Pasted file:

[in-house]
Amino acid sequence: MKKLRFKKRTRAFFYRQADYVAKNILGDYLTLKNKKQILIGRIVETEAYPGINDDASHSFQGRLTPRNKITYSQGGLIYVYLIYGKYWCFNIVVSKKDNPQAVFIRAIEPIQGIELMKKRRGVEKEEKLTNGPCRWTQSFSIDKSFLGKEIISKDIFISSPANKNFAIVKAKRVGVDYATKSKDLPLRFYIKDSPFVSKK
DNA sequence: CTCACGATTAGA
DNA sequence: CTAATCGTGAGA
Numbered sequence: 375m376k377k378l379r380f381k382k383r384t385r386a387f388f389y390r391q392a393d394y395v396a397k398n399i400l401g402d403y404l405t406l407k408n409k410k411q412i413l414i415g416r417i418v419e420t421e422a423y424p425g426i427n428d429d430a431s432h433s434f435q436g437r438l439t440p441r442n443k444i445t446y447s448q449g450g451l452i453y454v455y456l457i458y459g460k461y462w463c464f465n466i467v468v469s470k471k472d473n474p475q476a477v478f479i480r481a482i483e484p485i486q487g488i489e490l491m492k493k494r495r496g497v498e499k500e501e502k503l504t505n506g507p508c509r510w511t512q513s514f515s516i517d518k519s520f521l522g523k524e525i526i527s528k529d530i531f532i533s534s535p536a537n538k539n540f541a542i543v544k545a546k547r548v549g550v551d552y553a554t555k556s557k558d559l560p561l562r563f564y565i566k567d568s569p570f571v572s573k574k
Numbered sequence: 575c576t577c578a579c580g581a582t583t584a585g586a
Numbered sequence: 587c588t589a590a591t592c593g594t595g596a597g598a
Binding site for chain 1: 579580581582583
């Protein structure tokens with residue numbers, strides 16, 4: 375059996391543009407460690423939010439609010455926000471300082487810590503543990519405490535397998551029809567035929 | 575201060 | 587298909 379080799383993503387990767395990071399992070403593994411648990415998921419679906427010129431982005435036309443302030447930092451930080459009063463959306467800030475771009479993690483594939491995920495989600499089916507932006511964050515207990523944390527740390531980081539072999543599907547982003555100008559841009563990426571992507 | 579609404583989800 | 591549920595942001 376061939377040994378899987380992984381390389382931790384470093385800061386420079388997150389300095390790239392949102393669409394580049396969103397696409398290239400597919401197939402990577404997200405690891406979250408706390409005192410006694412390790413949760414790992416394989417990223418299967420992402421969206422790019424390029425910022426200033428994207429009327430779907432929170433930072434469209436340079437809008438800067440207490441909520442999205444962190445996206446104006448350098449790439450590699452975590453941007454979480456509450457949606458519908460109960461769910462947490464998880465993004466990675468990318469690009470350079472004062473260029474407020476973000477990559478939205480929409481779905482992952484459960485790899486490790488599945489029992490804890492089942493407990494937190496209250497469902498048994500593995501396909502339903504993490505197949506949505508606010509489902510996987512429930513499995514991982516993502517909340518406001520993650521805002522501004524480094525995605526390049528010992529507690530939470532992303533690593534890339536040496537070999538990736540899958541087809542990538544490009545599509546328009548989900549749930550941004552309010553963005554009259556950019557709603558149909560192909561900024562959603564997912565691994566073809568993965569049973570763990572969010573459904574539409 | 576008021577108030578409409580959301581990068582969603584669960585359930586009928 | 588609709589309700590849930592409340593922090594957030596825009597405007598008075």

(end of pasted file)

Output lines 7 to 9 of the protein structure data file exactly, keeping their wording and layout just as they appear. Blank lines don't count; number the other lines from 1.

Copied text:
Numbered sequence: 587c588t589a590a591t592c593g594t595g596a597g598a
Binding site for chain 1: 579580581582583
């Protein structure tokens with residue numbers, strides 16, 4: 375059996391543009407460690423939010439609010455926000471300082487810590503543990519405490535397998551029809567035929 | 575201060 | 587298909 379080799383993503387990767395990071399992070403593994411648990415998921419679906427010129431982005435036309443302030447930092451930080459009063463959306467800030475771009479993690483594939491995920495989600499089916507932006511964050515207990523944390527740390531980081539072999543599907547982003555100008559841009563990426571992507 | 579609404583989800 | 591549920595942001 376061939377040994378899987380992984381390389382931790384470093385800061386420079388997150389300095390790239392949102393669409394580049396969103397696409398290239400597919401197939402990577404997200405690891406979250408706390409005192410006694412390790413949760414790992416394989417990223418299967420992402421969206422790019424390029425910022426200033428994207429009327430779907432929170433930072434469209436340079437809008438800067440207490441909520442999205444962190445996206446104006448350098449790439450590699452975590453941007454979480456509450457949606458519908460109960461769910462947490464998880465993004466990675468990318469690009470350079472004062473260029474407020476973000477990559478939205480929409481779905482992952484459960485790899486490790488599945489029992490804890492089942493407990494937190496209250497469902498048994500593995501396909502339903504993490505197949506949505508606010509489902510996987512429930513499995514991982516993502517909340518406001520993650521805002522501004524480094525995605526390049528010992529507690530939470532992303533690593534890339536040496537070999538990736540899958541087809542990538544490009545599509546328009548989900549749930550941004552309010553963005554009259556950019557709603558149909560192909561900024562959603564997912565691994566073809568993965569049973570763990572969010573459904574539409 | 576008021577108030578409409580959301581990068582969603584669960585359930586009928 | 588609709589309700590849930592409340593922090594957030596825009597405007598008075």